CEDAR RAPIDS, Iowa – Roland Perske II walked around his Wellington Heights home Friday, which was riddled with damage from the August 10 derecho.
The roof was still damaged, his chimney was broken, and a tree still needed to be taken down by the city. Perske said he has a roofing company but still needed to get a general contractor.
“The roofing company said they couldn’t do anything until a contractor looked at it,” Perske said.
Cedar Rapids workers have been walking around vulnerable neighborhoods and knocking on doors. The hope was to learn what challenges people faced among those who didn’t have internet access, are elderly, or are impoverished.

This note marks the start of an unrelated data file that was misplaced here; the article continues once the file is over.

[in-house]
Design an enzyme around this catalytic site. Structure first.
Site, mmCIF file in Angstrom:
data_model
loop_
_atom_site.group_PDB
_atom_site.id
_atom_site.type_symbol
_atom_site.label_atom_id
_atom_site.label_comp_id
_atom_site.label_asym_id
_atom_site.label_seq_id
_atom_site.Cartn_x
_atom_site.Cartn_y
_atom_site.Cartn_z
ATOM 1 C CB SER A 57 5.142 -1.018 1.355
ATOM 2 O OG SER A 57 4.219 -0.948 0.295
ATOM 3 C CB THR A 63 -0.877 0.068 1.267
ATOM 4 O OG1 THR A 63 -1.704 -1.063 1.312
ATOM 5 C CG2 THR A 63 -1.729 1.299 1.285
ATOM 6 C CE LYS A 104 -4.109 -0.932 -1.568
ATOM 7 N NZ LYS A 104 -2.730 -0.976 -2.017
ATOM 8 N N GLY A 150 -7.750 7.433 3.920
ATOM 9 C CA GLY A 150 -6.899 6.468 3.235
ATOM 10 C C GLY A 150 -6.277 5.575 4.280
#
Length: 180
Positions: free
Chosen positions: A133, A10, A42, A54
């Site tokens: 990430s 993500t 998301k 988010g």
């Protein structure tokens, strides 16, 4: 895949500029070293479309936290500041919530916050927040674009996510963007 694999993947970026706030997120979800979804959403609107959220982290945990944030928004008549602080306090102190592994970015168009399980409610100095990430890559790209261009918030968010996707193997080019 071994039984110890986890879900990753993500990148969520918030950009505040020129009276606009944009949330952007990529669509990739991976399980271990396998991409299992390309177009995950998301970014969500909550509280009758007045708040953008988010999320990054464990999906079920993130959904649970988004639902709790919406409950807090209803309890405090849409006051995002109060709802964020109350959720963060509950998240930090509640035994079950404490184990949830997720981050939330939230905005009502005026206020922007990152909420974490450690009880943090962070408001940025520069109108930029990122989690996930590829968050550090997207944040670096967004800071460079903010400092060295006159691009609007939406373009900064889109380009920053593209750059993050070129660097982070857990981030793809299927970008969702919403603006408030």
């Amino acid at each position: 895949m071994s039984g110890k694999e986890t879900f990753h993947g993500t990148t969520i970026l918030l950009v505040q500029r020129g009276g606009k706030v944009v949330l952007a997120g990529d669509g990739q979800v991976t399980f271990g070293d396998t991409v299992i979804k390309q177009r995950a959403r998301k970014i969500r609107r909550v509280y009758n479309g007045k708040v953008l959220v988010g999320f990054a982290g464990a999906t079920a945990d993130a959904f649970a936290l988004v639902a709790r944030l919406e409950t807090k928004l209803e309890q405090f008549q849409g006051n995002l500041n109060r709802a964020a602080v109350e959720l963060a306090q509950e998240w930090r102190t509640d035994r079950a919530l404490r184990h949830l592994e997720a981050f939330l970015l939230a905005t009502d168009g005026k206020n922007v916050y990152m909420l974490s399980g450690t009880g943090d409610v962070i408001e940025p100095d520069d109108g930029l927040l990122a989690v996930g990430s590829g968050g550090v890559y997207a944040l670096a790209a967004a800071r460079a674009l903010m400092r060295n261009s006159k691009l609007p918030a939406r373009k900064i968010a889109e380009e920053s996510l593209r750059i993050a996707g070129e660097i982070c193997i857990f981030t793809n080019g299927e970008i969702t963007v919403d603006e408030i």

“We know that the resources were advertised, but we want to make sure that folks had the opportunity to talk with somebody who might be able to steer them in the right direction,” Jeff Wozencraft, Cedar Rapids city planner, said.
Wozencraft said they had already knocked on 250 doors and planned to keep the effort up until mid-June. Volunteers were now being asked to give the city a hand.
“We don’t want people to fall through a gap,” Wozencraft said. “We saw folks talking with insurance companies and trying to figure out what kind of claim they received. People weren’t sure if they were getting the amount of money needed to make a full repair.”
Perske said people in his neighborhood needed the help. He said piles of debris were still around, stumps needed to be ground, and trees cut down.
“I wish they would help fix my chimney,” Perske said.